Tag: U.S. Supreme Court

Gregg Popovich Takes the Spurs to the Supreme Court

NBA teams seem willing to go anywhere in Washington, DC, other than the White House. The defending champion Warriors went to the National Museum of African American History and Culture, when they visited D.C. in February.

California Cities Sue Oil Companies over Climate Change

City attorneys in San Francisco and Oakland, California, sued five oil companies in two coordinated lawsuits on Tuesday, arguing that the courts should hold these companies responsible for climate change, and force them to financially compensate the cities for harm the plaintiffs claim those companies are causing to the planet’s environment.

REUTERS/Gonzalo Fuentes

Texas Supreme Court Curbs Same-sex Marriage Benefits

The Supreme Court of Texas held that the U.S. Supreme Court opinion recognizing the right of same-sex couples to marry does not automatically entitle them to spousal employment benefits. The unanimous court held that the 2015 opinion in Obergefell v. Hodges did not address the right to tax, insurance, or other benefits–only the right to marry.

Refugee Organizations Raising Money off Travel Ban Reinstatement

Refugee organizations wasted no time in capitalizing on the U.S. Supreme Court’s ruling that stayed two lower courts’ rulings on President Trump’s temporary travel ban. The groups quickly used President Trump’s victory in temporarily banning travel from six Muslim-majority countries to send out fundraising messages.

Supreme Court Ruling Directly Affects Washington Redskins Team Name Controversy

As the U.S. Supreme Court continues to announce its decisions for its most recent session, the high court affirmed that Americans could trademark names even if they are “offensive” to some. The decision clears the way for the Washington Redskins to beat back claims that its name should not be allowed trademark status because some left-wingers are “offended” by it.

Texas Leads 16-State Coalition in Support of Travel Ban

Leading a 16-state coalition, the Texas attorney general filed a brief with the U.S. Supreme Court on Monday supporting President Donald Trump’s temporary travel stay. Attorneys general from 14 other states and the governor of Mississippi joined to urge the nation’s highest court to reinstate the executive order.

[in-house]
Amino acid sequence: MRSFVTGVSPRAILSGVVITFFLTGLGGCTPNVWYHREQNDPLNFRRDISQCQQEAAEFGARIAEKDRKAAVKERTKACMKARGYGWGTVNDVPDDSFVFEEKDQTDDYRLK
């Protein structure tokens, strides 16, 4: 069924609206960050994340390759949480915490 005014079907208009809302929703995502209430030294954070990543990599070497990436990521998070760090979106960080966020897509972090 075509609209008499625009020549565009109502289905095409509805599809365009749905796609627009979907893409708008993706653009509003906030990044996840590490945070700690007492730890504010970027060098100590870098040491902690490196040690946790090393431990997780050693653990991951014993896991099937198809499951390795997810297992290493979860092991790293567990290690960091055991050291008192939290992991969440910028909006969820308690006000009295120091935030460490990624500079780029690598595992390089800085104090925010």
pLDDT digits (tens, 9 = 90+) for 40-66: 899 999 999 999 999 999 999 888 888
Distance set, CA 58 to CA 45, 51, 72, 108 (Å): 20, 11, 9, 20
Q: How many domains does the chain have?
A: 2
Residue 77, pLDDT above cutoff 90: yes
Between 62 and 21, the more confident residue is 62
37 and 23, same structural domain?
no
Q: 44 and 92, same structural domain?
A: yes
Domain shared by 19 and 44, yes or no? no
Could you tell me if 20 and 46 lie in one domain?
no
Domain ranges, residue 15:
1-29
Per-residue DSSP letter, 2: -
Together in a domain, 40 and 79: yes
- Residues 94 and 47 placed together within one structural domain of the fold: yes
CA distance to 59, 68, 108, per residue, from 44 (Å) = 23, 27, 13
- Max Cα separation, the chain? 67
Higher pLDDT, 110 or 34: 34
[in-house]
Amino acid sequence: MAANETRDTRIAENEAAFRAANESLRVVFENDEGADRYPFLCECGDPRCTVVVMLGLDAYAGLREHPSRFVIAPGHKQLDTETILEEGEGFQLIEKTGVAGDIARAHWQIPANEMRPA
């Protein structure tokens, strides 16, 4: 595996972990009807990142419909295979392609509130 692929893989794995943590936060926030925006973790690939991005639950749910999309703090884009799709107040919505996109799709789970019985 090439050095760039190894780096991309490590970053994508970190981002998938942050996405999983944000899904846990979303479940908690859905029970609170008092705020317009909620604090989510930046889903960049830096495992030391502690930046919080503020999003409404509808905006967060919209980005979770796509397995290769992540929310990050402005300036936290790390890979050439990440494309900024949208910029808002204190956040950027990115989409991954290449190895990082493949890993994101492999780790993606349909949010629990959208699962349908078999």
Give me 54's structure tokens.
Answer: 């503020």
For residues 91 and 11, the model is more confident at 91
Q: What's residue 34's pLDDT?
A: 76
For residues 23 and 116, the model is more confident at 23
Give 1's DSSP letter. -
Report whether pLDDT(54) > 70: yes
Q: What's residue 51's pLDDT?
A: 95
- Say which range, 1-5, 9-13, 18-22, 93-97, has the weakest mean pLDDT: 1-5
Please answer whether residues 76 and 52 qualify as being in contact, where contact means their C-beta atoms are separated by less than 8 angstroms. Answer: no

marriages

Texas Court Hears Case to Curb Gay Marriage Rights

The Supreme Court of Texas heard oral arguments today in a case where Houston taxpayers sued urging that subsidizing employment benefits for the spouse of a same-sex couple is illegal. Lawyers for the taxpayers describe the case as “the only one of its kind in the nation.”

Family Argues Mexican National Killed by Border Patrol Had Constitutional Rights

A Mexican family whose son was killed by a U.S. Border Patrol agent told the U.S. Supreme Court on Tuesday that the agent violated their son’s constitutional rights by using unnecessary deadly force. A preliminary issue is whether the Constitution applies to someone who is not a citizen of the U.S. and was standing on Mexican soil at the time of the shooting.

WASHINGTON, DC - JANUARY 27: Thousands of people rally on the National Mall before the start of the 44th annual March for Life January 27, 2017 in Washington, DC. The march is a gathering and protest against the United States Supreme Court's 1973 Roe v. Wade decision legalizing abortion. (Photo by Chip Somodevilla/Getty Images)

‘Jane Roe’ of Roe v. Wade Abortion Decision Dies in Texas Facility

A Texas woman who was the “Jane Roe” in the 1973 abortion case of Roe v. Wade died in a Katy assisted living facility on Saturday. Although Norma McCorvey, her real name, became famous for the part she played in the landmark U.S. Supreme Court decision, she became a born-again Christian and spoke out against abortion.

Texas City’s Elections Under DOJ Oversight After Hispanic Discrimination Ruling

Pasadena, Texas, will be monitored by the Justice Department now that a federal judge has ruled that the City violated the Voting Rights Act by intentionally changing its city council districts to decrease Hispanic influence. The City, which the court ruled has a “long history of discrimination against minorities,” will have to get permission from the DOJ to make any changes in election policy going forward, otherwise known as pre-clearance.

SCOTUS

Texas Defends Mental Standards in SCOTUS Death Penalty Case

Another Texas death penalty case was argued at the United States Supreme Court this week. The two questions presented was whether executing someone 35 years after the imposition of a death sentence, and allegedly using outdated medical standards to determine intellectual disability, is cruel and unusual punishment prohibited by the U.S. Constitution. The Eighth Amendment prohibits executing those who are intellectually disabled.

Highest Military Court to Rule on Religious Liberty

Former U.S. Solicitor General Paul Clement and First Liberty Institute argued Wednesday before the military’s highest court on behalf of Monifa Sterling, who was court-martialed in part for posting Bible verses in her personal workspace.